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Research funds for measuring the speed of life – Volkswagen Foundation supports research project to study the time component of life cycles using stem cells

"OntoTime – measuring and modulating of the Timescales of Life" – in this research project Dr. Micha Drukker and Dr. Carsten Marr from Helmholtz Zentrum München together with Dr. Christian Schröter from Max Planck Institute of Molecular Physiology will investigate the origin of time span differences in the life cycles of different mammalian species. As part of their research initiative "Life? - A new view of the natural sciences on the fundamental principles of life" the Volkswagen Foundation will fund this project with 1.5 million euros.

©Van Hope, Fotolia

All multicellular organisms undergo characteristic life cycles of development, maturation and ageing. The duration of the whole life cycle and each of its phases differs substantially between species. In humans, about 9 months elapse between conception and birth, and it takes another 11 - 16 years to reach sexual maturity and full adult size. Small mammals like mice in contrast complete their whole life cycle in just a few weeks. To find out which processes are hidden behind this phenomenon, the researcher now want to investigate the control of developmental timescales that are at the beginning of the life cycle.

It is known that the time span of development is largely determined by the speed with which cells with specific functions, such as muscle or neurons, develop from the less specialized cells of the early embryo. This process of cell specialization is controlled by the activation or suppression of certain genes. How fast genes are switched on or off depends on regulatory networks and biochemical reactions within the cell, as well as on influences from the outside, such as cell density, metabolism or pharmacological substances.

Measuring the speed of cell differentiation

To determine the role of different factors for the speed of cell specialization, the teams of Christian Schröter from Max Planck Institute of Molecular Physiology and Micha Drukker and Carsten Marr from Helmholtz Zentrum München, will study induced pluripotent stem cells from different mammalian species with vastly different life spans.

“Pluripotent stem cells resemble cells of the early embryo and can be maintained and expanded infinitely in the culture dish. These cells have the remarkable potential to specialize into any cell type of the adult body, with a speed that mimics the speed of cell specialization in the embryo. This gives us a unique tool to quantify the developmental speed of different organisms at the cellular level, and will enable us to identify and ultimately manipulate its genetic and biochemical basis”, explains Drukker the methodology.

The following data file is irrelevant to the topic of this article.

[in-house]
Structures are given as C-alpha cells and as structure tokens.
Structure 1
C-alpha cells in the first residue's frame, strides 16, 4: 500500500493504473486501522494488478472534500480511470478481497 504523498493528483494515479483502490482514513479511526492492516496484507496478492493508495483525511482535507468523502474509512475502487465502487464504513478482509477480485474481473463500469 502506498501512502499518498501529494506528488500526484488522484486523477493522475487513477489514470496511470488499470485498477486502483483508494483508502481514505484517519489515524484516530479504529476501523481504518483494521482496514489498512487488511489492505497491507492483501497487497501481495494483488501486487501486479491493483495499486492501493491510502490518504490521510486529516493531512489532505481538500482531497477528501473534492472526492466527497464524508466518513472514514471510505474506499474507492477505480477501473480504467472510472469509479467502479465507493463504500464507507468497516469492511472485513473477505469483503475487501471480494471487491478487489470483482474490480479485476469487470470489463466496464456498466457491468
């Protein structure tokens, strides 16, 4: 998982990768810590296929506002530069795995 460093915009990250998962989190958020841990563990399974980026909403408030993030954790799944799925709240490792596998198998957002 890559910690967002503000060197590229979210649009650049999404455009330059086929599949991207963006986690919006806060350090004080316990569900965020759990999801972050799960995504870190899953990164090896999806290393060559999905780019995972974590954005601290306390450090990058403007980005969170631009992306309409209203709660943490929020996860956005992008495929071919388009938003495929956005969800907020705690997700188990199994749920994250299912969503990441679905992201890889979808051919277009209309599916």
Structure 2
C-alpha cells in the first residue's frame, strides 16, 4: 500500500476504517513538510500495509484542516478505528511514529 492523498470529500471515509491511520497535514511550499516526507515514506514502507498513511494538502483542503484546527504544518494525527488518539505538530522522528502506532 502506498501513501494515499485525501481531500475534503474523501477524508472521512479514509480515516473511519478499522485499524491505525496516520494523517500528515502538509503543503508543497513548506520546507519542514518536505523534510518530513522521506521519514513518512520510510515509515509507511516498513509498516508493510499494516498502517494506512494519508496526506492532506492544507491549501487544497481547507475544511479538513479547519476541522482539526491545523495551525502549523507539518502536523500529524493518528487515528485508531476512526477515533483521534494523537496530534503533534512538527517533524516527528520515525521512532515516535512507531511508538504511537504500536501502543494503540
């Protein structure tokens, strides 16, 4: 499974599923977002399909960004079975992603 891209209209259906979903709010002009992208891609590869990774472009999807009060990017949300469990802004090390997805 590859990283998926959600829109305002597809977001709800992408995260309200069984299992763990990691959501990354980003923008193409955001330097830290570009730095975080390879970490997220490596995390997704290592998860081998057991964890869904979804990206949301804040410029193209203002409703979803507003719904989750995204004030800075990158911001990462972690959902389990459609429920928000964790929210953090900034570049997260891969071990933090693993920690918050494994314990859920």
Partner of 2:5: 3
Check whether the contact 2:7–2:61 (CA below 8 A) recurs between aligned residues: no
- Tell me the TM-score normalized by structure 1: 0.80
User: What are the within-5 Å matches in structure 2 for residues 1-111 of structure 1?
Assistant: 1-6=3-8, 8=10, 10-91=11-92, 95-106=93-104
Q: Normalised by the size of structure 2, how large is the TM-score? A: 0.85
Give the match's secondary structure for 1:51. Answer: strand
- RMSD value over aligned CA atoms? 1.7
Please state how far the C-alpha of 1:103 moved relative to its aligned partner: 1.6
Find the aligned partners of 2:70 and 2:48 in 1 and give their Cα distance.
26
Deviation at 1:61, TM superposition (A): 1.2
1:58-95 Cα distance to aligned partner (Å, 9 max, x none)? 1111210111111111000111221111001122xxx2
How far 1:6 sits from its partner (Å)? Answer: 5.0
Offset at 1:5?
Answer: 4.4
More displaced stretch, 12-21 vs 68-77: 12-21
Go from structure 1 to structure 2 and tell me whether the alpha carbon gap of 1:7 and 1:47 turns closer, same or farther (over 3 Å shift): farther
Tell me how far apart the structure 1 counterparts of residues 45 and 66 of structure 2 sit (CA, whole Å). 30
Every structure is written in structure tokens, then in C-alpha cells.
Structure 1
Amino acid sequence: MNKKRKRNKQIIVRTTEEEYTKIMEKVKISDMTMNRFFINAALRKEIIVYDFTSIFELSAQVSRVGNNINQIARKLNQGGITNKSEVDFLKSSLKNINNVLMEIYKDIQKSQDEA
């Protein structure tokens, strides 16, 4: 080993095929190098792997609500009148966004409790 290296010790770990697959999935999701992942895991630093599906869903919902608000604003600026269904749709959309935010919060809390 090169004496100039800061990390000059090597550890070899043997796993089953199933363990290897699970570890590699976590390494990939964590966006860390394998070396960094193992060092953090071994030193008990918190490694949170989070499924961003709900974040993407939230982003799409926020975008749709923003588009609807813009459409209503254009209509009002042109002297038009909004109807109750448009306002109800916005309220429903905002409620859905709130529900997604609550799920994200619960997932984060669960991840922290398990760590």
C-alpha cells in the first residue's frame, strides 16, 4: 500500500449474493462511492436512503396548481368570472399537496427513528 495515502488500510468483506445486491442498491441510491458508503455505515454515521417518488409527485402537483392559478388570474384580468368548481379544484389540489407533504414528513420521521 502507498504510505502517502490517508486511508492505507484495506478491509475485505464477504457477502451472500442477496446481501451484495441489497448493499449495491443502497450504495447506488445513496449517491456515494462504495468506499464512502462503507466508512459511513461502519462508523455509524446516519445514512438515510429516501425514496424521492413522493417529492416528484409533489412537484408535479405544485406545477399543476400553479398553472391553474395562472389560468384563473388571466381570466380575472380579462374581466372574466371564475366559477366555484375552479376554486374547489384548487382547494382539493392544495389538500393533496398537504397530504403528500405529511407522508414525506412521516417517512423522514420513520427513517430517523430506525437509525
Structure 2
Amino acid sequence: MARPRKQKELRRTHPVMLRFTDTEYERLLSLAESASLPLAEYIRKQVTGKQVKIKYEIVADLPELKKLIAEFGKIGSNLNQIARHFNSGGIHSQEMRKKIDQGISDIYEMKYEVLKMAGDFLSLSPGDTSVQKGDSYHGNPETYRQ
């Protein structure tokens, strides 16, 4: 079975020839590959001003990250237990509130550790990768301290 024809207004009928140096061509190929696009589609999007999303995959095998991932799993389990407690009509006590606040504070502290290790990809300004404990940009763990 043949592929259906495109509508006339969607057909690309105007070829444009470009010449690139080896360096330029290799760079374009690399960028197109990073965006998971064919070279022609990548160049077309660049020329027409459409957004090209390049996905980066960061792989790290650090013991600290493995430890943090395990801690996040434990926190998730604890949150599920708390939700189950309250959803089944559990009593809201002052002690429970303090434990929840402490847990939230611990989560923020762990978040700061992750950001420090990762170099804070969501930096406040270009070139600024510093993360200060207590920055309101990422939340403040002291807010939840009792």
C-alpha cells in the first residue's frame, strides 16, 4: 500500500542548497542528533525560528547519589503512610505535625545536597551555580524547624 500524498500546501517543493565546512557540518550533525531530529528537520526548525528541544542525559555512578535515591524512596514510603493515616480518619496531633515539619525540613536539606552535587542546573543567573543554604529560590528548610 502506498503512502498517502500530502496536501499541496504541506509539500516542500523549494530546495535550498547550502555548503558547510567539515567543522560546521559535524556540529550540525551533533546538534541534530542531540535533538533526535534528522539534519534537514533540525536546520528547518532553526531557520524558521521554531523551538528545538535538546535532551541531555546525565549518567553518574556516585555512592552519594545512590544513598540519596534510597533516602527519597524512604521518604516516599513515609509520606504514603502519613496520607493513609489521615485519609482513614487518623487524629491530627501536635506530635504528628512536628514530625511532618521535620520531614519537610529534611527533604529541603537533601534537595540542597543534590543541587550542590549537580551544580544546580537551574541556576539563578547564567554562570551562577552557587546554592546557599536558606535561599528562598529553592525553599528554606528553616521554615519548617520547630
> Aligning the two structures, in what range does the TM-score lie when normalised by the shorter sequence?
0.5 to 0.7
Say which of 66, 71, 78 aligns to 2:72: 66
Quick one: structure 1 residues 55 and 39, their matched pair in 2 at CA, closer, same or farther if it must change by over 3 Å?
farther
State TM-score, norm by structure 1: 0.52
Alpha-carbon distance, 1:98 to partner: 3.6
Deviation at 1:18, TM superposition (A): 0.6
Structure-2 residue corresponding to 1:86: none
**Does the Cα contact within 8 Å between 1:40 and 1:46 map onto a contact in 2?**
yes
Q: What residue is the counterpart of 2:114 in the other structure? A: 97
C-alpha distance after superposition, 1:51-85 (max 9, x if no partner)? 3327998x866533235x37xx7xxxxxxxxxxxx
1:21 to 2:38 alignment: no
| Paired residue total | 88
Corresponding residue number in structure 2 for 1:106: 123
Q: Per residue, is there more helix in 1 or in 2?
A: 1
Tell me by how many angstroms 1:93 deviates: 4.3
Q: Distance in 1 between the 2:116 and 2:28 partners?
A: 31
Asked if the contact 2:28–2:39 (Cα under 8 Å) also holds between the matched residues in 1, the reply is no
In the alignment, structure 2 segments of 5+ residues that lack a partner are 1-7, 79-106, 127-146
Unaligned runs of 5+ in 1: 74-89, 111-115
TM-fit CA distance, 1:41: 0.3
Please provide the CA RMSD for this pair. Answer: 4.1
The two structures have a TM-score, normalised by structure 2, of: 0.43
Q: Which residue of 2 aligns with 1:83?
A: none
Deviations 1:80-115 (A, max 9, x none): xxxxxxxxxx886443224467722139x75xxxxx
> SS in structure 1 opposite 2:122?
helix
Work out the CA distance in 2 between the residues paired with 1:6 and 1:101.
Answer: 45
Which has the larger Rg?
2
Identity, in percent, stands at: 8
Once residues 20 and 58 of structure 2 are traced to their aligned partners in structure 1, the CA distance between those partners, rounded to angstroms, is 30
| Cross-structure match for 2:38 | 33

"By joining our resources and expertise in the field of stem cell research, video microscopy, the determination of gene activity by single cell transcriptomics and the analysis of biological data by computational analysis and modelling approaches, we hope to better understand the origin of the time component of the life cycle," says Christian Schröter, initiator of the project. In the long run, the results of the project may also be relevant for the application of pluripotent stem cells in medicine.

Further information

With its initiative “Life? – A Fresh Scientific Approach to the Basic Principles of Life” the Volkswagen Foundation aims to support unique and excellent projects at the interface between the natural and life sciences. Funded projects should help to better understand the fundamental principles of life and thus open up intriguing and novel perspectives on life to complement the philosophical view.

Since the initiative was set up in 2015, 29 applications with a total of around 38.4 million euros in funding have now been approved after 3 deadlines. In June 2019, the Board of Trustees of the Volkswagen Foundation approved 8 projects from 95 applications with a total funding amount of around 11 million euros. www.volkswagenstiftung.de/en

TheInstitute of Stem Cell Research (ISF) investigates the basic molecular and cellular mechanisms of stem cell maintenance and differentiation. From that, the ISF then develops approaches in order to replace defect cell types, either by activating resting stem cells or by re-programming other existing cell types to repair themselves. The aim of these approaches is to stimulate the regrowth of damaged, pathologically changed or destroyed tissue.

As German Research Center for Environmental Health, Helmholtz Zentrum München pursues the goal of developing personalized medical approaches for the prevention and therapy of major common diseases such as diabetes mellitus, allergies and lung diseases. To achieve this, it investigates the interaction of genetics, environmental factors and lifestyle. The Helmholtz Zentrum München has about 2,500 staff members and is headquartered in Neuherberg in the north of Munich. Helmholtz Zentrum München is a member of the Helmholtz Association, a community of 19 scientific-technical and medical-biological research centers with a total of about 37,000 staff members. 

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